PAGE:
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YEAR 2005

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Wiccan news for 2005:

News about Wiccans and other Neopagans in the media appears to be drying up. We suspect that some of the reasons are:

bullet Many new conservative Christian web sites and books have accurately reflected Wicca instead of reprinting misinformation based on religious propaganda from the Burning Times
bullet The public has generally become much more aware of Wicca, and have accepted it as a valid minority religion.
bullet Enough Wiccans have enforced their rights through the court. Few public school districts continue to ban religious jewelry; few municipal councils reject non-Judeo-Christian representatives for the delivery of invocations.

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News items:

bullet 2005-FEB: Chesterfield County, VA, rejects Wiccan priestess: Cynthia Simpson, a Wiccan priestess, was informed that she could not lead the opening prayer at a Chesterfield County Board of Supervisors meeting. The county asserted that her beliefs as a Wiccan were not consistent with the Judeo-Christian tradition. A trial judge ruled that it was unconstitutional to deny her the chance to deliver the invocation. The county has appealed the decision.

Simpson said that she was excluded because of a lack of understanding. She said: "People just don't know about...[Wicca] and there has definitely been a misrepresentation of Witchcraft...I understand all that ignorance and confusion." She plans to appeal the decision of the appeals court if it does not rule in her favor.

8 News referred to Simpson as "a self-proclaimed witch." We have found no evidence of the media outlet referring to Christians, Jews, Muslims etc. as "self-proclaimed." 1 More info.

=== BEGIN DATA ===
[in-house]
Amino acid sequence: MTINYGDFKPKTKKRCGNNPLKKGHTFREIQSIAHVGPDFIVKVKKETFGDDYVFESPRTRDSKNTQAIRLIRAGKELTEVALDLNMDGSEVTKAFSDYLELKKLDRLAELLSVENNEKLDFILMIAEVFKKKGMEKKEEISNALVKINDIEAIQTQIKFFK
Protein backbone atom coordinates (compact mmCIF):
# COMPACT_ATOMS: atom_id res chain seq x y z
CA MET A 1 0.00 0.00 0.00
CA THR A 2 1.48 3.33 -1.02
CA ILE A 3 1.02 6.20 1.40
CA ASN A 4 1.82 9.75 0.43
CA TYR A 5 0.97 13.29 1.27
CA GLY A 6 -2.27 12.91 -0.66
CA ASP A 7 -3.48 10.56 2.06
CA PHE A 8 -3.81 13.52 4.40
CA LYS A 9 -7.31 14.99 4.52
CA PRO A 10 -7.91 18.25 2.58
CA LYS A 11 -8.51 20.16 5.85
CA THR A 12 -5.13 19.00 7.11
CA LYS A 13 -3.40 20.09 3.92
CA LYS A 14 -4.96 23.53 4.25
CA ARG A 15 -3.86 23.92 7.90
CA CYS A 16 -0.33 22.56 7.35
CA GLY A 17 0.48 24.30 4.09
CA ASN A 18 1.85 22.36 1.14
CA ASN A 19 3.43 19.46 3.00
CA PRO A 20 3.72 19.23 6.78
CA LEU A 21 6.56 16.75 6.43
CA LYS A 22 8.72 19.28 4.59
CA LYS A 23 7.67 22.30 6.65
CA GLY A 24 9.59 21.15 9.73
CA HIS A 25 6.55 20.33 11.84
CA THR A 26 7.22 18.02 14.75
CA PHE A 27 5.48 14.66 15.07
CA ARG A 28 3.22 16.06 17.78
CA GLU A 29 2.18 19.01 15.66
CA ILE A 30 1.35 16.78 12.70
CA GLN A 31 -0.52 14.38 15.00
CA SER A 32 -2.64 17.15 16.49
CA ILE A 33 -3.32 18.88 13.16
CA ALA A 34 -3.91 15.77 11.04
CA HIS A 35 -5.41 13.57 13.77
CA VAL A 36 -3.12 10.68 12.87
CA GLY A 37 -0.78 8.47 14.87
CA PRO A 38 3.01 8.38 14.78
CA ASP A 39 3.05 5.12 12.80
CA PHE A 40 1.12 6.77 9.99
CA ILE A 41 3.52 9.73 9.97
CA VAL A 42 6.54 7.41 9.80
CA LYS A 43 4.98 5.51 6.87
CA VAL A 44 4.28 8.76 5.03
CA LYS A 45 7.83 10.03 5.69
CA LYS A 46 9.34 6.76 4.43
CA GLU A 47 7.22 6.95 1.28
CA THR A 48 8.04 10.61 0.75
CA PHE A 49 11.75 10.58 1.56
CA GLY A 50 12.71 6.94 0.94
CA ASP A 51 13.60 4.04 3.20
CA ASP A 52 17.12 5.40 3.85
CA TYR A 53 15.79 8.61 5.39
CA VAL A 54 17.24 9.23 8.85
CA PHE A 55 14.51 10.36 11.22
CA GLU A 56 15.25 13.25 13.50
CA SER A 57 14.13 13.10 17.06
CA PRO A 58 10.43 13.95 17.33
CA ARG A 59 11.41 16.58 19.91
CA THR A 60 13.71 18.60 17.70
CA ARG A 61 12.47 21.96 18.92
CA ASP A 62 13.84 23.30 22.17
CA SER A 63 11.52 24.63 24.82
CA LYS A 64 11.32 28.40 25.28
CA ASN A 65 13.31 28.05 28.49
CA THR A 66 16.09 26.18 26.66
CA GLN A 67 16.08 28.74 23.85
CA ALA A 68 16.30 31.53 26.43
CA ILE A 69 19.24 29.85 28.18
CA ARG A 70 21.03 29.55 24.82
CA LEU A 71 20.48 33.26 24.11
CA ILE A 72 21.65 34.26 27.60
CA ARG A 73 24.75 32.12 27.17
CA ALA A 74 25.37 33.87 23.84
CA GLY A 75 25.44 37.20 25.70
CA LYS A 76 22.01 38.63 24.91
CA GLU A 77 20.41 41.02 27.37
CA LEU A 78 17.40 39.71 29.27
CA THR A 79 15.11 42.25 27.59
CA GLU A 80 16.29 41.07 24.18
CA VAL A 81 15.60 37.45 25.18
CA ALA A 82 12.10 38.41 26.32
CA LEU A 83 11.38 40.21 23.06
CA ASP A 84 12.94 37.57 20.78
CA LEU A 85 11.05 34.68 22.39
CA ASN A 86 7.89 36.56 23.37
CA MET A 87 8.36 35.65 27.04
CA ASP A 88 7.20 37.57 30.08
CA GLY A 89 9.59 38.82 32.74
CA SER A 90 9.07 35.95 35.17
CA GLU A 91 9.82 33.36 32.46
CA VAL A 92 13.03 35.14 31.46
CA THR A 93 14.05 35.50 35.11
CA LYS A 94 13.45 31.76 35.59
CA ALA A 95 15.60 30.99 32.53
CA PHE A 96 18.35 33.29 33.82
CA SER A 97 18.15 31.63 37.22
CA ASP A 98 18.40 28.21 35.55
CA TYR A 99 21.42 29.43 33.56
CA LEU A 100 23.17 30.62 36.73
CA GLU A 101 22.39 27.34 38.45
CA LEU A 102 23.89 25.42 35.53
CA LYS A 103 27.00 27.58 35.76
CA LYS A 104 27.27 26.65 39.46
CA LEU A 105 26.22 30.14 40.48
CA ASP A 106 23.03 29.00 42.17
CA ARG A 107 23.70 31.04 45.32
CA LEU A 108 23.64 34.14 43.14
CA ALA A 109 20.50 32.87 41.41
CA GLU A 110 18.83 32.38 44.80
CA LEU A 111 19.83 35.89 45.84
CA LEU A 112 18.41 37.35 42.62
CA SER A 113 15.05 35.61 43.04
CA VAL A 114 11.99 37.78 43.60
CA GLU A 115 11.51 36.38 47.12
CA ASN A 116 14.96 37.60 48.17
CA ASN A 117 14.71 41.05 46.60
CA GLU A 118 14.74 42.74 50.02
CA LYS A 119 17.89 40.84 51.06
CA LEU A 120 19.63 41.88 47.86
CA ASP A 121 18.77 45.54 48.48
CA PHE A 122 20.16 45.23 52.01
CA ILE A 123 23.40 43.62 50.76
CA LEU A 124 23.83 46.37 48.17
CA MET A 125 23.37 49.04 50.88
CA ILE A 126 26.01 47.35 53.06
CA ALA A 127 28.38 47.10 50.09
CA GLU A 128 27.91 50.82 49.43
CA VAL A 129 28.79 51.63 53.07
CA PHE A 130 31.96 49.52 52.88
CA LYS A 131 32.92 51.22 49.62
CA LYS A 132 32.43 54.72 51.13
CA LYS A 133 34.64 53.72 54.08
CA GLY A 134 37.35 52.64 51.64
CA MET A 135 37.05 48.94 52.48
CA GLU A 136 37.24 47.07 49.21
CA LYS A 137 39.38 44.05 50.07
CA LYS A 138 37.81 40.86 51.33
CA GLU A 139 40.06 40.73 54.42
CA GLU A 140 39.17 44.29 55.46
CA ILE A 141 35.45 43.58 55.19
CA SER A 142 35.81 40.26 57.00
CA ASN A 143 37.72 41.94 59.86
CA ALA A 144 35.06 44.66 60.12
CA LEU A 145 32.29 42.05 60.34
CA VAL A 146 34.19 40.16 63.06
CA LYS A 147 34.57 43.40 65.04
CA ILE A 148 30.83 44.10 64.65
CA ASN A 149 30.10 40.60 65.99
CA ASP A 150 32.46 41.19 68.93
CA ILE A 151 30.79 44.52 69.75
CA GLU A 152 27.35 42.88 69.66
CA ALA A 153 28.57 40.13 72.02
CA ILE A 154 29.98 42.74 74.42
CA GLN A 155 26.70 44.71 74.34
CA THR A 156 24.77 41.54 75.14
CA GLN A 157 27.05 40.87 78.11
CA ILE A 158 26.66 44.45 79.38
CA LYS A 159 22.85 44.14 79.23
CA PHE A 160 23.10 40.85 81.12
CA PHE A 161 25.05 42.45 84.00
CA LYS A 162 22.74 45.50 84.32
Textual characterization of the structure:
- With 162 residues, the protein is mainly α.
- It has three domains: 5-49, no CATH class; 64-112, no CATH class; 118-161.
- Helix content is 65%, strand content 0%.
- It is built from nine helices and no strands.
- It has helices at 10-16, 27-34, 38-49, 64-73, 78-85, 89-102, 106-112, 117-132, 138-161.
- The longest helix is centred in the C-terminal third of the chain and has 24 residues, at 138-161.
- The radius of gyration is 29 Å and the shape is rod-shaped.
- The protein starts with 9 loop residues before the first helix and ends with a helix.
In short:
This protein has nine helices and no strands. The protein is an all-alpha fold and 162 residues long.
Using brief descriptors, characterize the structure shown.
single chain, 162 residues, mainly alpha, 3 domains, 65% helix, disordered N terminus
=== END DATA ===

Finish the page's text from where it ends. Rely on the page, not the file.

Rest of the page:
bullet 2005-MAY-26: IN: Divorced parents prohibited from religious expression: When Tammie Bristol and Thomas Jones Jr. applied for a divorce in 2004-fall, Judge Cale J. Bradford of the Marion Superior Court added an unusual -- perhaps unique -- provision to their divorce. They could not no longer expose their 9-year-old son to the Wiccan religious beliefs, which both of them share. The Domestic Relations Counseling Bureau, interviewed the couple and sent their recommendations about custody and visitation rights to the court. The Bureau detected what they judged to be a problem: the son attends a local Catholic parochial school and the parents follow a non-Catholic, non-Christian religion. The Bureau's report stated that: "There is a discrepancy between Ms. Jones and Mr. Jones' lifestyle and the belief system adhered to by the parochial school....Ms. Jones and Mr. Jones display little insight into the confusion these divergent belief systems will have upon (the boy) as he ages." The Bureau appears to regard the religion of Wicca as a "lifestyle" and Roman Catholicism as a "belief system." The judge prohibited both parents from exposing their son to "non-mainstream religious beliefs and rituals." He did not define what a "mainstream" religion is. Both parents were outraged by this ruling and, with the support of the Indiana Civil Liberties Union, have filed a request with the appeals court to have the restrictive clause deleted. The father said: "This was done without either of us requesting it and at the judge's whim. It is upsetting to our son that he cannot celebrate holidays with us, including Yule, which is winter solstice, and Ostara, which is the spring equinox." 2